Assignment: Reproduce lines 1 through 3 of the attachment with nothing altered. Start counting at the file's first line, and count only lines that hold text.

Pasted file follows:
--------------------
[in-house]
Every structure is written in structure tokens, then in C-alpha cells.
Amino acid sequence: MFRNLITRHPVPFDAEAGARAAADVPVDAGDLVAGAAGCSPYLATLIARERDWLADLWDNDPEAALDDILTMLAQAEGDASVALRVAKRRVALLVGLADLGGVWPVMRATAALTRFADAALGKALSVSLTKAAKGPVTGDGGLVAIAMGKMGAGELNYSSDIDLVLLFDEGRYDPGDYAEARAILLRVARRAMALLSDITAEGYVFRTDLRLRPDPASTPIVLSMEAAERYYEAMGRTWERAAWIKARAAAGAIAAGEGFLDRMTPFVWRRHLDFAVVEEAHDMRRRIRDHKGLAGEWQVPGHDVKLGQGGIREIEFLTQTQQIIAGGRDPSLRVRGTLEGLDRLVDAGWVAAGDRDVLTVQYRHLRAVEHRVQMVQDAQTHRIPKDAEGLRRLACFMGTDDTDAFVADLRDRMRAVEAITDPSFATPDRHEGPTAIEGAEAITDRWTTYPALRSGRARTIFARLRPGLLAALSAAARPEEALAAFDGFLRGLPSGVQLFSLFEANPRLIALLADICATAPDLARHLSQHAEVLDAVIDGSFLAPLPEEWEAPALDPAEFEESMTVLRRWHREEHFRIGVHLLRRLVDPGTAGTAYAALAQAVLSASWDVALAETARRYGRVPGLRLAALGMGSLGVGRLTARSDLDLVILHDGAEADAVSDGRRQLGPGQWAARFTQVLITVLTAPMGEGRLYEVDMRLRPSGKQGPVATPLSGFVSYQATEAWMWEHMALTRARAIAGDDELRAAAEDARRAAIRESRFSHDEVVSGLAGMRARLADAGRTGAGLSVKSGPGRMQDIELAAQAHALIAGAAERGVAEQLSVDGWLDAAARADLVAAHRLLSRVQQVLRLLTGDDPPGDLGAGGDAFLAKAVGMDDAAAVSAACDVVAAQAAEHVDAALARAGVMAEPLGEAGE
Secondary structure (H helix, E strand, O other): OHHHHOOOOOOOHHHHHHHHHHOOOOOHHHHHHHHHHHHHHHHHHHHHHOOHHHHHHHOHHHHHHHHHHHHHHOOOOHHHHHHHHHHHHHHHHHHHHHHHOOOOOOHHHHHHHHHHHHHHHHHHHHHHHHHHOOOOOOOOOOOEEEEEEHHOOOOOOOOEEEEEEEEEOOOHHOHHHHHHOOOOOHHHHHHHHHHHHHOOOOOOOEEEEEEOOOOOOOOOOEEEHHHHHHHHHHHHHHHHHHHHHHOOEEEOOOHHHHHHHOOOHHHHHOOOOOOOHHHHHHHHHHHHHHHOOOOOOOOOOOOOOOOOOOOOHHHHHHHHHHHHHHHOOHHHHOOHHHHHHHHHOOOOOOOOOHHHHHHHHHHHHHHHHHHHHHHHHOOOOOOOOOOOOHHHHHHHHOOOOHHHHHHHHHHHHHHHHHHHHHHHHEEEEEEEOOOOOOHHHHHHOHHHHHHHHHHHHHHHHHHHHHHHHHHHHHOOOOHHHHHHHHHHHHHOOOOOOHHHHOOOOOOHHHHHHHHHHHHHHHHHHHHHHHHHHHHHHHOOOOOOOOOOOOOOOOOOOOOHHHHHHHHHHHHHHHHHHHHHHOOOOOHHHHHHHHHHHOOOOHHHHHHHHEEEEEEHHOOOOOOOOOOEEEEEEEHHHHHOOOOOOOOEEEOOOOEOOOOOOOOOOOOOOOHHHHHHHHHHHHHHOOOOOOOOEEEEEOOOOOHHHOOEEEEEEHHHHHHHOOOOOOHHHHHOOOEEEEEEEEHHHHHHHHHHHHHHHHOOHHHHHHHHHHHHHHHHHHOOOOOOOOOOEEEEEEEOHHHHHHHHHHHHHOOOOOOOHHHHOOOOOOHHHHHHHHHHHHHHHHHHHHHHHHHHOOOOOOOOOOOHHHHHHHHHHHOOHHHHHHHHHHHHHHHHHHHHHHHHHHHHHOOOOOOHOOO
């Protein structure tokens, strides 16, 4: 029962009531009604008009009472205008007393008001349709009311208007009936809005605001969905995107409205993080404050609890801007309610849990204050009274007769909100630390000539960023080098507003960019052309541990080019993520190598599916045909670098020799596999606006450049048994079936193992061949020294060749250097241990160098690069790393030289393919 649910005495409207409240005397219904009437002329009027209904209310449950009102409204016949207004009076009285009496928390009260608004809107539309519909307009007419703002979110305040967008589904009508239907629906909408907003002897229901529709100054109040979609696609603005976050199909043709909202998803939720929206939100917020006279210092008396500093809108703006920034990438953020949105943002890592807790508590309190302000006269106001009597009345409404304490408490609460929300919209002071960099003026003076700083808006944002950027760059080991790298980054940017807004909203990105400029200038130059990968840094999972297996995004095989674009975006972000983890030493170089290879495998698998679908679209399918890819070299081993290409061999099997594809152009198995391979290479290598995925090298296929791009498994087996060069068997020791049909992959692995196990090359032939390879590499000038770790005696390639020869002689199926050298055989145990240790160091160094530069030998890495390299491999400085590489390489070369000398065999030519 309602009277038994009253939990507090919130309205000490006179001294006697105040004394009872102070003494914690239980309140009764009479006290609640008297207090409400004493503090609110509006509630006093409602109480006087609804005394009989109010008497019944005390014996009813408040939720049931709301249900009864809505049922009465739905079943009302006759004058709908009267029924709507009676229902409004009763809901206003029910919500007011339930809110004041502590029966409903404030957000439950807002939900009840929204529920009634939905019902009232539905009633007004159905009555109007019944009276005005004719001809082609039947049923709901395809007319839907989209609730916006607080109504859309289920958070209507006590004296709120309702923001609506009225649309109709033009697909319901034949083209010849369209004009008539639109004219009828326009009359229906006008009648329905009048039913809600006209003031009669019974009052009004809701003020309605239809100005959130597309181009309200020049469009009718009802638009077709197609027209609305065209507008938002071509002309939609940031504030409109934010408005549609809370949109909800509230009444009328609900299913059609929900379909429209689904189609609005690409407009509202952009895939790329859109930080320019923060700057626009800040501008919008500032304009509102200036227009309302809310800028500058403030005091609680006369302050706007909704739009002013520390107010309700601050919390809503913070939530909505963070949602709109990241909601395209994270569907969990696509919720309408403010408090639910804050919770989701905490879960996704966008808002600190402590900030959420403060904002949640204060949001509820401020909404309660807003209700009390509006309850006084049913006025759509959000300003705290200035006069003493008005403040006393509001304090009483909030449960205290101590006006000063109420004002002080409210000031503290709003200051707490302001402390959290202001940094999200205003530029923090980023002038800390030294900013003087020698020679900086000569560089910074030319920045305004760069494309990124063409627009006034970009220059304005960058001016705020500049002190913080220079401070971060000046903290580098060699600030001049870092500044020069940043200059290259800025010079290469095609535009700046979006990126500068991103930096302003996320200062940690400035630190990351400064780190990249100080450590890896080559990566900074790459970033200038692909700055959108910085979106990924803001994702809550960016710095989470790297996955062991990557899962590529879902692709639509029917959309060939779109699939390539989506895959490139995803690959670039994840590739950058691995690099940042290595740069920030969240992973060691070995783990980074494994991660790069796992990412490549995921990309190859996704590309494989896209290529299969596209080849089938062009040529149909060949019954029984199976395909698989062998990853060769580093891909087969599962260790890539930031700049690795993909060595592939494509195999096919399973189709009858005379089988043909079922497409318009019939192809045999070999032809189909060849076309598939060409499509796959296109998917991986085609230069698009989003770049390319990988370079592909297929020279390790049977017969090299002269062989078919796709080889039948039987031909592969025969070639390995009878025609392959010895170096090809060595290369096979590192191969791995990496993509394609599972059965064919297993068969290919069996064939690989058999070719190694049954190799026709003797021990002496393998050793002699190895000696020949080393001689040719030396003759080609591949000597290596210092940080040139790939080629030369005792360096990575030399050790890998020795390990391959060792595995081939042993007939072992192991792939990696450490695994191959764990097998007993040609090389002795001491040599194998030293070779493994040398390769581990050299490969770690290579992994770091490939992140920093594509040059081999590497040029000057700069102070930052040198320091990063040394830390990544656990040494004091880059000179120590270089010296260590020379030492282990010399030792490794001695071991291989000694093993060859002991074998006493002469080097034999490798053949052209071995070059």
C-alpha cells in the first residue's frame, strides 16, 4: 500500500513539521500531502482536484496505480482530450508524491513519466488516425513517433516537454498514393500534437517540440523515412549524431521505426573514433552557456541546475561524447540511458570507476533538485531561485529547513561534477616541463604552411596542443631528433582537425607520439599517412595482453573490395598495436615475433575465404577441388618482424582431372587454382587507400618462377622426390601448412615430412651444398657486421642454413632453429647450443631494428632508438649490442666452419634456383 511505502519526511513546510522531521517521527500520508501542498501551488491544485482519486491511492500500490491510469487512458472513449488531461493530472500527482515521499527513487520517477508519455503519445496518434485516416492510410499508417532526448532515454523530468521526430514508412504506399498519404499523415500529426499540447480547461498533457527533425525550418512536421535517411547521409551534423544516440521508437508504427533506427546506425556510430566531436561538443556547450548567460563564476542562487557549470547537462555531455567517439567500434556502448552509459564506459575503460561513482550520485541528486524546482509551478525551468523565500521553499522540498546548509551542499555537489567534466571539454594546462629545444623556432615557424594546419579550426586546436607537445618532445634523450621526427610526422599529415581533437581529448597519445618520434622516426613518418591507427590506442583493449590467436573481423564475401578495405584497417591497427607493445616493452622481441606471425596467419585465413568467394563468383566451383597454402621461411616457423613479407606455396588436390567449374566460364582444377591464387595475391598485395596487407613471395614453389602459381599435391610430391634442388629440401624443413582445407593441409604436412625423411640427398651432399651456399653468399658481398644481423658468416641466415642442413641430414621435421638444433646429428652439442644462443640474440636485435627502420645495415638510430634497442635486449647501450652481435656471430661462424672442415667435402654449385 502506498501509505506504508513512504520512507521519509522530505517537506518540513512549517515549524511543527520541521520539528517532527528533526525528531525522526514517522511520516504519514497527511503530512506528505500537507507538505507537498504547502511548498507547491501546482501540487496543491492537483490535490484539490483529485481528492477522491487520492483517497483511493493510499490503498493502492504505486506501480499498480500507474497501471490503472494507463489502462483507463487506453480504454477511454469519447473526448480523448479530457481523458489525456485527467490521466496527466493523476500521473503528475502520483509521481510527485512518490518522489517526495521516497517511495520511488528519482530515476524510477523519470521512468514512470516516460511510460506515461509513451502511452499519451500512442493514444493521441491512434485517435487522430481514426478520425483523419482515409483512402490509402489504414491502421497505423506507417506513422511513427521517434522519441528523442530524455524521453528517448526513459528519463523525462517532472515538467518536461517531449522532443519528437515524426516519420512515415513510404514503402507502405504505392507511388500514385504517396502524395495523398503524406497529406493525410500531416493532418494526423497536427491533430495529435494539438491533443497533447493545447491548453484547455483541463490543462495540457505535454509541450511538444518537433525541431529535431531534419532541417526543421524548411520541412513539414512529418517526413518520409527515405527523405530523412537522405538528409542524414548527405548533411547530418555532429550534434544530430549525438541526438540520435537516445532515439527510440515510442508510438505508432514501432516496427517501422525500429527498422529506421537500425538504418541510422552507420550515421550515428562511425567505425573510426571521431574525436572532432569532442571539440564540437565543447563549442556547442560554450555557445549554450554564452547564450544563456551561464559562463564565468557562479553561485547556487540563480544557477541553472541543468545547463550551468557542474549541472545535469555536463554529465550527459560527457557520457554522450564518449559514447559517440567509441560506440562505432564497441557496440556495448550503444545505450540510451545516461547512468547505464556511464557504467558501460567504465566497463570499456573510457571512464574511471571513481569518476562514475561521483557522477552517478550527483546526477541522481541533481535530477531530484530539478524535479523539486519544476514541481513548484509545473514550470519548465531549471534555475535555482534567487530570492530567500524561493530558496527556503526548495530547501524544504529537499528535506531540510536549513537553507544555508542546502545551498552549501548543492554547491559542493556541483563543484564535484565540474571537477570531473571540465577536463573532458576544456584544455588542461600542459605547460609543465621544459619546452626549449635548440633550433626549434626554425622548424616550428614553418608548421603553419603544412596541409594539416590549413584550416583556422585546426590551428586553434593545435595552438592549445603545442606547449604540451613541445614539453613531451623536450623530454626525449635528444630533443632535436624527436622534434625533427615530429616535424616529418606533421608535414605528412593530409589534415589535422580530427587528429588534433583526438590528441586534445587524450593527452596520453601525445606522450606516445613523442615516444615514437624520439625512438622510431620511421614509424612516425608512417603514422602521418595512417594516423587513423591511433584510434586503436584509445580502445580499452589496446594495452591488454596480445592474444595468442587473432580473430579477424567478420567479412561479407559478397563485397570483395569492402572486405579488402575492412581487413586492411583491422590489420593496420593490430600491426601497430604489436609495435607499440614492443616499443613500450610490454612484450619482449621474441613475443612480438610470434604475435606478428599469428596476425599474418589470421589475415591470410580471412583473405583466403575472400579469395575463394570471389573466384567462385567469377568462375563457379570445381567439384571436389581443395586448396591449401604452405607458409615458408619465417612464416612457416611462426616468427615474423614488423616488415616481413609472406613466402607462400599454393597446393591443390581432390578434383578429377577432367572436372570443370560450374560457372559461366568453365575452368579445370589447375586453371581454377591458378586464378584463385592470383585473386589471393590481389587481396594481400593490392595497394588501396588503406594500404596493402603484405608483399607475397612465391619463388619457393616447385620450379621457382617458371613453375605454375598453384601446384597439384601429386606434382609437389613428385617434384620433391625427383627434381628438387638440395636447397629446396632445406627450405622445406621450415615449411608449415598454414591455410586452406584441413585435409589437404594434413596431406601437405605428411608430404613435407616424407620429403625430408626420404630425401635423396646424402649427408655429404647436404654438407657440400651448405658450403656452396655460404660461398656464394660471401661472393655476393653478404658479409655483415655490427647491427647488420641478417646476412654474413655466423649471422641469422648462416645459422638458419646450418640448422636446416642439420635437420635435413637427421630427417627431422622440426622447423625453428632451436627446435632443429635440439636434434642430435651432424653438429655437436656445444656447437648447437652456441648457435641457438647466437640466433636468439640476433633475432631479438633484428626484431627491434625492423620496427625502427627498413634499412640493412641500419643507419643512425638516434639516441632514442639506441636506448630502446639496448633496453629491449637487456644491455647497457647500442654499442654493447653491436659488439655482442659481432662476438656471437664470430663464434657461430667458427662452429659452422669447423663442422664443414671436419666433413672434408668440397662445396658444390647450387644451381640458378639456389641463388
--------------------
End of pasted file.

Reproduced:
[in-house]
Every structure is written in structure tokens, then in C-alpha cells.
Amino acid sequence: MFRNLITRHPVPFDAEAGARAAADVPVDAGDLVAGAAGCSPYLATLIARERDWLADLWDNDPEAALDDILTMLAQAEGDASVALRVAKRRVALLVGLADLGGVWPVMRATAALTRFADAALGKALSVSLTKAAKGPVTGDGGLVAIAMGKMGAGELNYSSDIDLVLLFDEGRYDPGDYAEARAILLRVARRAMALLSDITAEGYVFRTDLRLRPDPASTPIVLSMEAAERYYEAMGRTWERAAWIKARAAAGAIAAGEGFLDRMTPFVWRRHLDFAVVEEAHDMRRRIRDHKGLAGEWQVPGHDVKLGQGGIREIEFLTQTQQIIAGGRDPSLRVRGTLEGLDRLVDAGWVAAGDRDVLTVQYRHLRAVEHRVQMVQDAQTHRIPKDAEGLRRLACFMGTDDTDAFVADLRDRMRAVEAITDPSFATPDRHEGPTAIEGAEAITDRWTTYPALRSGRARTIFARLRPGLLAALSAAARPEEALAAFDGFLRGLPSGVQLFSLFEANPRLIALLADICATAPDLARHLSQHAEVLDAVIDGSFLAPLPEEWEAPALDPAEFEESMTVLRRWHREEHFRIGVHLLRRLVDPGTAGTAYAALAQAVLSASWDVALAETARRYGRVPGLRLAALGMGSLGVGRLTARSDLDLVILHDGAEADAVSDGRRQLGPGQWAARFTQVLITVLTAPMGEGRLYEVDMRLRPSGKQGPVATPLSGFVSYQATEAWMWEHMALTRARAIAGDDELRAAAEDARRAAIRESRFSHDEVVSGLAGMRARLADAGRTGAGLSVKSGPGRMQDIELAAQAHALIAGAAERGVAEQLSVDGWLDAAARADLVAAHRLLSRVQQVLRLLTGDDPPGDLGAGGDAFLAKAVGMDDAAAVSAACDVVAAQAAEHVDAALARAGVMAEPLGEAGE